The NVVLS reassessed a sample of 2,348 veterans who were first studied 25 years ago as part of the National Vietnam Veterans Readjustment Study (NVVRS). For the study, researchers used a variety of instruments to evaluate PTSD and depression, including the Clinician-Administered PTSD Scale for DSM-5 (CAPS-5) and the PTSD Checklist for DSM-IV supplemented with PTSD Checklist for DSM-5 items (PCL-5+).
Among male theater veterans, the researchers estimate a current prevalence of war-zone PTSD based on CAPS-5 criteria of 4.5% or 10.8% for current full plus subthreshold PTSD, and 11.8% prevalence based on the PCL-5. For female veterans, the equivalent rates were 6.1%, 8.7%, and 6.6%. PTSD rates were lower for veterans who were posted elsewhere than Vietnam.
The course of the disorder was different between veterans who did and did not serve in Vietnam, said lead author Charles Marmar, M.D., a professor and chairman in the Department of Psychiatry at the New York University School of Medicine. “For era veterans, self-reports of PTSD symptoms during 25 years are low and stable, whereas, for theater veterans, mean levels are higher and increasing.”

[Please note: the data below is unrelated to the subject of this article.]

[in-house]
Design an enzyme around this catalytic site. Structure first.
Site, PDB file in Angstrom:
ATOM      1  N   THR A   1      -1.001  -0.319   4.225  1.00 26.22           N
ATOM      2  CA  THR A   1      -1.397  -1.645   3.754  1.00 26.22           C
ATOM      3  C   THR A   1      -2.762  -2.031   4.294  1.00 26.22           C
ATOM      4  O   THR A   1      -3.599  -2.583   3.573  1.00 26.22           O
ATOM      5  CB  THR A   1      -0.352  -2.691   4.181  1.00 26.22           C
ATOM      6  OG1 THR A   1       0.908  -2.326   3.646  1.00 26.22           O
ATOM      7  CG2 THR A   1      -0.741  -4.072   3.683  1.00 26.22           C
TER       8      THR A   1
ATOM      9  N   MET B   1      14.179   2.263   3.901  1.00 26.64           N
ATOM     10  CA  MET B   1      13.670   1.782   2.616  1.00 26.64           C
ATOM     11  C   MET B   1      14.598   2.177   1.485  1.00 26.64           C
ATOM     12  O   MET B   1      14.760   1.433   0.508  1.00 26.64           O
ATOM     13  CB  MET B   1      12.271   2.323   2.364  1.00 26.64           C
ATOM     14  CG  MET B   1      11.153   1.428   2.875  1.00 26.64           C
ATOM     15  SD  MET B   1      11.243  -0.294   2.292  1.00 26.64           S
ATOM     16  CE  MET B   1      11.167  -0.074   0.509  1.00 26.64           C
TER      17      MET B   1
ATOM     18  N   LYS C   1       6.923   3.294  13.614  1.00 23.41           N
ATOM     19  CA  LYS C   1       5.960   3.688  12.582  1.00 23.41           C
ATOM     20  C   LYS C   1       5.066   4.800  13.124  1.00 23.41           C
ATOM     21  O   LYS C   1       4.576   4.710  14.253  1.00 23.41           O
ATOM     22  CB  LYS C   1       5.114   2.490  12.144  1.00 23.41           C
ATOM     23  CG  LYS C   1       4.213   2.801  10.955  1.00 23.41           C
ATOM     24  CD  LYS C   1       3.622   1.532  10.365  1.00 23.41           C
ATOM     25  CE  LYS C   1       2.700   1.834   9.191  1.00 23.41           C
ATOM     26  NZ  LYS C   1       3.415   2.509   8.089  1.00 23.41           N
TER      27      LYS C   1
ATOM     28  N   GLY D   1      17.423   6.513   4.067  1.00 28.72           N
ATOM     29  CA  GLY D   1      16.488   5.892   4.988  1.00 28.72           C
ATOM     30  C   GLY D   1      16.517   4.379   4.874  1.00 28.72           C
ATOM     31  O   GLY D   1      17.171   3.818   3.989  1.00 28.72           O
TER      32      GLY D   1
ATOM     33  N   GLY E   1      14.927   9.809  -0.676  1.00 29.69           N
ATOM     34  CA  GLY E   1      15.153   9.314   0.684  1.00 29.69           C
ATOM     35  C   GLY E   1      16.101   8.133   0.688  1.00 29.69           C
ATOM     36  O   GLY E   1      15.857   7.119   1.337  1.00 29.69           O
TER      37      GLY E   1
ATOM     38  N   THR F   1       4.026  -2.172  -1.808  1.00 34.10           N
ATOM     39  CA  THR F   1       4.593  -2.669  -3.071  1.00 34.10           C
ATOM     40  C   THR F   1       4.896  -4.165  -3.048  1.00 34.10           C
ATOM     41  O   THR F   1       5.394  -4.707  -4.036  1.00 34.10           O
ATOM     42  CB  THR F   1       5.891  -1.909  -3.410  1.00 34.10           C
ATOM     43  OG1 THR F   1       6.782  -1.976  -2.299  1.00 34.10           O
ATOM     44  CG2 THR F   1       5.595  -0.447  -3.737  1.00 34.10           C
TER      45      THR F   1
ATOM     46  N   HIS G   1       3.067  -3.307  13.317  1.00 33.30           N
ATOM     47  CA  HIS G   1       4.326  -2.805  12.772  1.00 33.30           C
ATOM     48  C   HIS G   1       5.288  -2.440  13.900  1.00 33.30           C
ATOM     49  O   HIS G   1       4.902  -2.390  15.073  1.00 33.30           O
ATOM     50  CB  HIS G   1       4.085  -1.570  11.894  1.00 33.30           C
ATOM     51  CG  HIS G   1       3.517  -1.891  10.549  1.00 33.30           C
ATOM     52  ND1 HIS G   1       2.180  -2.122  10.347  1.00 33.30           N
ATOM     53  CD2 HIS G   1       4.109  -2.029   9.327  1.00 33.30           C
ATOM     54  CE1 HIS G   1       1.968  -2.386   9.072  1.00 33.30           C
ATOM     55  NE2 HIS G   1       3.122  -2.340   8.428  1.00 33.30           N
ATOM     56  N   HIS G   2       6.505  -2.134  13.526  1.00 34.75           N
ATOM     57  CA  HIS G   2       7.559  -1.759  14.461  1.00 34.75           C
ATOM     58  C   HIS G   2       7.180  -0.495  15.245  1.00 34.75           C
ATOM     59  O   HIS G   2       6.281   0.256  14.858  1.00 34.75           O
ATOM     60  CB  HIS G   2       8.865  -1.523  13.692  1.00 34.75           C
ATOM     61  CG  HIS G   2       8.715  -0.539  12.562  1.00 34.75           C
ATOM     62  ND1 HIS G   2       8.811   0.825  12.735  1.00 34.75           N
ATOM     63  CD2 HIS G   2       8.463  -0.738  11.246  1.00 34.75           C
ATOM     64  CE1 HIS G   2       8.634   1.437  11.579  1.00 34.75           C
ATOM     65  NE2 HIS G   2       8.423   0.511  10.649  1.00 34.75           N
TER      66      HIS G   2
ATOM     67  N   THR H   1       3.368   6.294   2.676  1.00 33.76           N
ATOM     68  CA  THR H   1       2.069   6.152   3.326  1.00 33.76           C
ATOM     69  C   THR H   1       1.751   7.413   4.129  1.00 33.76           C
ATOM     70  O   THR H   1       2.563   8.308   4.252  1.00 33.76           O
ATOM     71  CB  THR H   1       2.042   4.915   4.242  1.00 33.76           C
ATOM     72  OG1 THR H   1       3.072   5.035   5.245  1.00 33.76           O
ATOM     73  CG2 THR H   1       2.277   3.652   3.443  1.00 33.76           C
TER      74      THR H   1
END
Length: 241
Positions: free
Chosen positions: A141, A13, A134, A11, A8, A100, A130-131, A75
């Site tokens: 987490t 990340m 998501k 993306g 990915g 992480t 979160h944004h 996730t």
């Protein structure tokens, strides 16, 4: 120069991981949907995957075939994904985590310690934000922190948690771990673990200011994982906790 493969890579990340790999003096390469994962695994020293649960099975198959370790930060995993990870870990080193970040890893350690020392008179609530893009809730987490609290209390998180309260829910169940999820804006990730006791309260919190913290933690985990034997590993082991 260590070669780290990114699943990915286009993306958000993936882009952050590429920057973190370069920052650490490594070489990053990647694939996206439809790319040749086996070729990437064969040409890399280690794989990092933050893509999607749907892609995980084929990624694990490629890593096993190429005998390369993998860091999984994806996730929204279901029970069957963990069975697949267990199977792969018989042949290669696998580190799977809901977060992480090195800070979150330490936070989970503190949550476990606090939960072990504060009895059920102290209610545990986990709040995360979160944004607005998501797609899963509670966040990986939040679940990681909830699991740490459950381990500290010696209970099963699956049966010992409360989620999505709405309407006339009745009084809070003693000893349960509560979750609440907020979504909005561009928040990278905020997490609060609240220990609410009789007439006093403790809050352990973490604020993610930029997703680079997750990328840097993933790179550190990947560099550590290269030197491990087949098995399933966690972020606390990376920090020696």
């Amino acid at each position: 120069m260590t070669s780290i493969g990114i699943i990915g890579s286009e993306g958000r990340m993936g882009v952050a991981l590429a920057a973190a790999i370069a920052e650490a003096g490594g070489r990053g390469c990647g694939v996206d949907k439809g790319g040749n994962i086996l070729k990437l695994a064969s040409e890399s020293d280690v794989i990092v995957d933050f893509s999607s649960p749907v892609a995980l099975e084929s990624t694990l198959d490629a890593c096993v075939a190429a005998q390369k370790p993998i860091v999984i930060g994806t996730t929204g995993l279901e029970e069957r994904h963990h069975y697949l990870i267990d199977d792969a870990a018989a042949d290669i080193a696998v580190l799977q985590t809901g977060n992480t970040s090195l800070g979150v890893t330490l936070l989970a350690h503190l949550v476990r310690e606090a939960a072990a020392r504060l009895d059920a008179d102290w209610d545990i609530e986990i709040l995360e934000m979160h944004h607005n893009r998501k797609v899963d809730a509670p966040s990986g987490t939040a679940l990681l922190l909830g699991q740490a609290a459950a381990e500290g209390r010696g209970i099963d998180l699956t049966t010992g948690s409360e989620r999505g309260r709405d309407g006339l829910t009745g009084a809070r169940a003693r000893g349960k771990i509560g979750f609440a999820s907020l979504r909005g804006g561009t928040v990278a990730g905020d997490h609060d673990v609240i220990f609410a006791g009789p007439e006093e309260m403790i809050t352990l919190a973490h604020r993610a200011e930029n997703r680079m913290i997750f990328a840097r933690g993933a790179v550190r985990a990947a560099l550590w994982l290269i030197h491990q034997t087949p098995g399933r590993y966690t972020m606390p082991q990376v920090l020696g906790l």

The study shows the need for increased access to care and for “anticipating challenges that lie ahead for Iraq and Afghanistan veterans,” Marmar and his colleagues concluded.
“No other study has achieved this quality of longitudinal information, and the sobering findings tell us as much about the Vietnam generation as about the lifelong impact of combat service in general, relevant to all generations,” commented Charles Hoge, M.D., of the Center for Psychiatry and Neuroscience at the Walter Reed Army Institute of Research in Silver Spring, Md., in an accompanying editorial.
For more about the psychiatric effects of military service, see the Psychiatric News article “Troops Face Complex, but Not Inevitable, Mental Health Issues.”
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